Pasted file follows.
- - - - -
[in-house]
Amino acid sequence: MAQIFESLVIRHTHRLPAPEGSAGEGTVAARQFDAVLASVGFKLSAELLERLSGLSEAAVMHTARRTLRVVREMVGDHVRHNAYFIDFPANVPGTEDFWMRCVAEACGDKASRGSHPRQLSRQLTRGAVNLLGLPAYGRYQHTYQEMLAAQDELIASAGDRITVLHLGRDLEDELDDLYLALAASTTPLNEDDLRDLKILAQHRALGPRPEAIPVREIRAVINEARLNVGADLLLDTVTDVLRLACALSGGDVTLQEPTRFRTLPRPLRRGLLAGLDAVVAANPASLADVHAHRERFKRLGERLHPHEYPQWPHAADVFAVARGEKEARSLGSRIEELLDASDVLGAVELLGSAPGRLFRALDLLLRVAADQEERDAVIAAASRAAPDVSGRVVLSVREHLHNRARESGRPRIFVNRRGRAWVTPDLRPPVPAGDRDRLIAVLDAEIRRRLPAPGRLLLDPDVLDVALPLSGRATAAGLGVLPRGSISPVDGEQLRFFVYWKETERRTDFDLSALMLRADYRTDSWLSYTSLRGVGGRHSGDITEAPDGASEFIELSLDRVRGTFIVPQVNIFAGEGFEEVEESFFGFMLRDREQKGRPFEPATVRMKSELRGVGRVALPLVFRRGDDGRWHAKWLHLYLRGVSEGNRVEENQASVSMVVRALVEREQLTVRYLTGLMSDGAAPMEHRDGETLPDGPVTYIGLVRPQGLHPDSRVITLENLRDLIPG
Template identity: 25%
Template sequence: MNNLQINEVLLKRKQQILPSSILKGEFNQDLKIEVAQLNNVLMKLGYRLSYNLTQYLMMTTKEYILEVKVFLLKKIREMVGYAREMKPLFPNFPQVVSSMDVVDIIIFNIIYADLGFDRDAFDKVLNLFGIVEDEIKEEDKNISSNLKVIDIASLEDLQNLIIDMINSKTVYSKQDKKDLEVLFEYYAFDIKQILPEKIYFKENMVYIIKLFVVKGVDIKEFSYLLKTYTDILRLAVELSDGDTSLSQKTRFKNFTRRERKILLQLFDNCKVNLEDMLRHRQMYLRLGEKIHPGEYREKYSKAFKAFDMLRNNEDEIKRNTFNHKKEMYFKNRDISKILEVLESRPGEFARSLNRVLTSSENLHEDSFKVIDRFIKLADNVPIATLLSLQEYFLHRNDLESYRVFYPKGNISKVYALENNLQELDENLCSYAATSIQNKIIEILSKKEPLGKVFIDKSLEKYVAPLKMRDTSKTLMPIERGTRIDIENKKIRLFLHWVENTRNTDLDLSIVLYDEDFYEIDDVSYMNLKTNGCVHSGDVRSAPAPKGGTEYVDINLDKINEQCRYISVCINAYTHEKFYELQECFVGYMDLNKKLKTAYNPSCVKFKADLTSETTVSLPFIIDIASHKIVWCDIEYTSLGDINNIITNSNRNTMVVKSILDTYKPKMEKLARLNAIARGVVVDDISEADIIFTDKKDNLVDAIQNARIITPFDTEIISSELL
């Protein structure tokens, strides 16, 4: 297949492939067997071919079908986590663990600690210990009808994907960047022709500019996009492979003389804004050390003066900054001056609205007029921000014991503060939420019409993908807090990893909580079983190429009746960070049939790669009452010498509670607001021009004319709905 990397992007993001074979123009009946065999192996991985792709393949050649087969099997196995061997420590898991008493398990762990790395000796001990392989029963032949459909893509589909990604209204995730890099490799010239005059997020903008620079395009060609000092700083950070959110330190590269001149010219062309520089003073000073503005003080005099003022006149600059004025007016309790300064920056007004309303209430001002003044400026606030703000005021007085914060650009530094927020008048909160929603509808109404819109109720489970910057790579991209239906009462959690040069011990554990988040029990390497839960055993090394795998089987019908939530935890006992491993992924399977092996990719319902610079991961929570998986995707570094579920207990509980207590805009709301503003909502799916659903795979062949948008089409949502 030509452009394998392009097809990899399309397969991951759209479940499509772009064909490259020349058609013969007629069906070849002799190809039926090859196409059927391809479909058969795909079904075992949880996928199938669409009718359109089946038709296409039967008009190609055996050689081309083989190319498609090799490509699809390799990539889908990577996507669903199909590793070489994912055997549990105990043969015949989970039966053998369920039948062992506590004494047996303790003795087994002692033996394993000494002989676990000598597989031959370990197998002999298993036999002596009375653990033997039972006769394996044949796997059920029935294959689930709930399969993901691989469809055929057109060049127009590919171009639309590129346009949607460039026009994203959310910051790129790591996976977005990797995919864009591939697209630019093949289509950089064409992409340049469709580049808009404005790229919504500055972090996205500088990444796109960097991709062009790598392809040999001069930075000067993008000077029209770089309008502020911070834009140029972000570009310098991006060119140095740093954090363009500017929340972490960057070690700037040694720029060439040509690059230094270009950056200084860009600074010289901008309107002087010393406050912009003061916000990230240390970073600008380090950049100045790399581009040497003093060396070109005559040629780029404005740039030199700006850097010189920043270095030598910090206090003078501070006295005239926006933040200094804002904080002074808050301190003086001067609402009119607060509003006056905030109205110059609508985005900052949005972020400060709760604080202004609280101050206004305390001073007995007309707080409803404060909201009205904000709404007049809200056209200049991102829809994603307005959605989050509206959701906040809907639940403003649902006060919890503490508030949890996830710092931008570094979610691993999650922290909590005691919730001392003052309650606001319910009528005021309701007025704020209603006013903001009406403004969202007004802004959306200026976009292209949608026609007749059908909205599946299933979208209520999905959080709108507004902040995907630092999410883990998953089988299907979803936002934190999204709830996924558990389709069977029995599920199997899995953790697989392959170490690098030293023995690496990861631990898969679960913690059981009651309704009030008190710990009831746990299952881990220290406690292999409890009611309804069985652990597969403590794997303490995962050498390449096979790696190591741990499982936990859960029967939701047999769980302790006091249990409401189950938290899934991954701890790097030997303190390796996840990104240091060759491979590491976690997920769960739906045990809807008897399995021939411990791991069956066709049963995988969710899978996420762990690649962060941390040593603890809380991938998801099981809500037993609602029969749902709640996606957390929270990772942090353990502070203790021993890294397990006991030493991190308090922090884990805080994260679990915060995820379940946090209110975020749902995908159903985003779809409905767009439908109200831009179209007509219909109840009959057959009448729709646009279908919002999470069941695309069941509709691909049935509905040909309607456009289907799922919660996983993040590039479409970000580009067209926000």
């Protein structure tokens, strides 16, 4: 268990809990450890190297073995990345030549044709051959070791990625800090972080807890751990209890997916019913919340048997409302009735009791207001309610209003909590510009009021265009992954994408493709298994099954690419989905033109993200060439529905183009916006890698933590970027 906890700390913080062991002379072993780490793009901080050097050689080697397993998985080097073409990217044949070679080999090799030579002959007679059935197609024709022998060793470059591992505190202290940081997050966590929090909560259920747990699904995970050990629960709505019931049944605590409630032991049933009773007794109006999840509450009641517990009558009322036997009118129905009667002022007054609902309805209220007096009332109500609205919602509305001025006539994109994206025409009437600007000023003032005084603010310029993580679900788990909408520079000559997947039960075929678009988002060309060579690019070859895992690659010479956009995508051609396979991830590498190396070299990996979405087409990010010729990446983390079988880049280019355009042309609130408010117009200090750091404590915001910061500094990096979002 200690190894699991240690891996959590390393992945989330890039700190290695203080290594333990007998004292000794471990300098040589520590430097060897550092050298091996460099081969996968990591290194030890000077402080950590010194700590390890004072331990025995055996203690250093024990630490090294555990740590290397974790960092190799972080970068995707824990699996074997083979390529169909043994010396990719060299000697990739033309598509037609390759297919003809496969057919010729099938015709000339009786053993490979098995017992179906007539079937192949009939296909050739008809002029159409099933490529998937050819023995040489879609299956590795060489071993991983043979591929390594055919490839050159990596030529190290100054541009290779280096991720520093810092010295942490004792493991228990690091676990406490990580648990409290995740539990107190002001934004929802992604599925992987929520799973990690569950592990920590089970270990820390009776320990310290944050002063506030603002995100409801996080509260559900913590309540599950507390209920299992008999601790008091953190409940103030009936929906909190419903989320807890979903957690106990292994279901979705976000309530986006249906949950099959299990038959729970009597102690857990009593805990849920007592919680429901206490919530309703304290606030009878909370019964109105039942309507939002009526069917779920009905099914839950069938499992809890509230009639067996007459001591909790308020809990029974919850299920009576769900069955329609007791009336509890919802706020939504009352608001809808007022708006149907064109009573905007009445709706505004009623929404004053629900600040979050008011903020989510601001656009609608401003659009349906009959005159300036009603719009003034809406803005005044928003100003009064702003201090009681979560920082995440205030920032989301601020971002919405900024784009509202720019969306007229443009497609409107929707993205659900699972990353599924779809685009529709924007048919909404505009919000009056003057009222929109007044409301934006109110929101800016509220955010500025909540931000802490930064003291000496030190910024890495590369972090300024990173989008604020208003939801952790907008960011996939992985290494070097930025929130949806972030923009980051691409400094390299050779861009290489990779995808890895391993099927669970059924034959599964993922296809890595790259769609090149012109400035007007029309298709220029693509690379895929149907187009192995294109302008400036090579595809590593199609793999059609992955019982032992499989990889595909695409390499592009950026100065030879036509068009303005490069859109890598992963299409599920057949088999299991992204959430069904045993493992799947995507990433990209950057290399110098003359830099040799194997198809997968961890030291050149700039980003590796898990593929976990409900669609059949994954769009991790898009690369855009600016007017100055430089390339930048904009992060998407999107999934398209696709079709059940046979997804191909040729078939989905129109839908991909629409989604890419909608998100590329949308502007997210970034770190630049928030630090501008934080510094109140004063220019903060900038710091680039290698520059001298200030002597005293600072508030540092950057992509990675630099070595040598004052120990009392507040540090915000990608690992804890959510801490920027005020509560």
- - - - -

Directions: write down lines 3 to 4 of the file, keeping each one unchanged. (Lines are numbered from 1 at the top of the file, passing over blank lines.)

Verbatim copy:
Template identity: 25%
Template sequence: MNNLQINEVLLKRKQQILPSSILKGEFNQDLKIEVAQLNNVLMKLGYRLSYNLTQYLMMTTKEYILEVKVFLLKKIREMVGYAREMKPLFPNFPQVVSSMDVVDIIIFNIIYADLGFDRDAFDKVLNLFGIVEDEIKEEDKNISSNLKVIDIASLEDLQNLIIDMINSKTVYSKQDKKDLEVLFEYYAFDIKQILPEKIYFKENMVYIIKLFVVKGVDIKEFSYLLKTYTDILRLAVELSDGDTSLSQKTRFKNFTRRERKILLQLFDNCKVNLEDMLRHRQMYLRLGEKIHPGEYREKYSKAFKAFDMLRNNEDEIKRNTFNHKKEMYFKNRDISKILEVLESRPGEFARSLNRVLTSSENLHEDSFKVIDRFIKLADNVPIATLLSLQEYFLHRNDLESYRVFYPKGNISKVYALENNLQELDENLCSYAATSIQNKIIEILSKKEPLGKVFIDKSLEKYVAPLKMRDTSKTLMPIERGTRIDIENKKIRLFLHWVENTRNTDLDLSIVLYDEDFYEIDDVSYMNLKTNGCVHSGDVRSAPAPKGGTEYVDINLDKINEQCRYISVCINAYTHEKFYELQECFVGYMDLNKKLKTAYNPSCVKFKADLTSETTVSLPFIIDIASHKIVWCDIEYTSLGDINNIITNSNRNTMVVKSILDTYKPKMEKLARLNAIARGVVVDDISEADIIFTDKKDNLVDAIQNARIITPFDTEIISSELL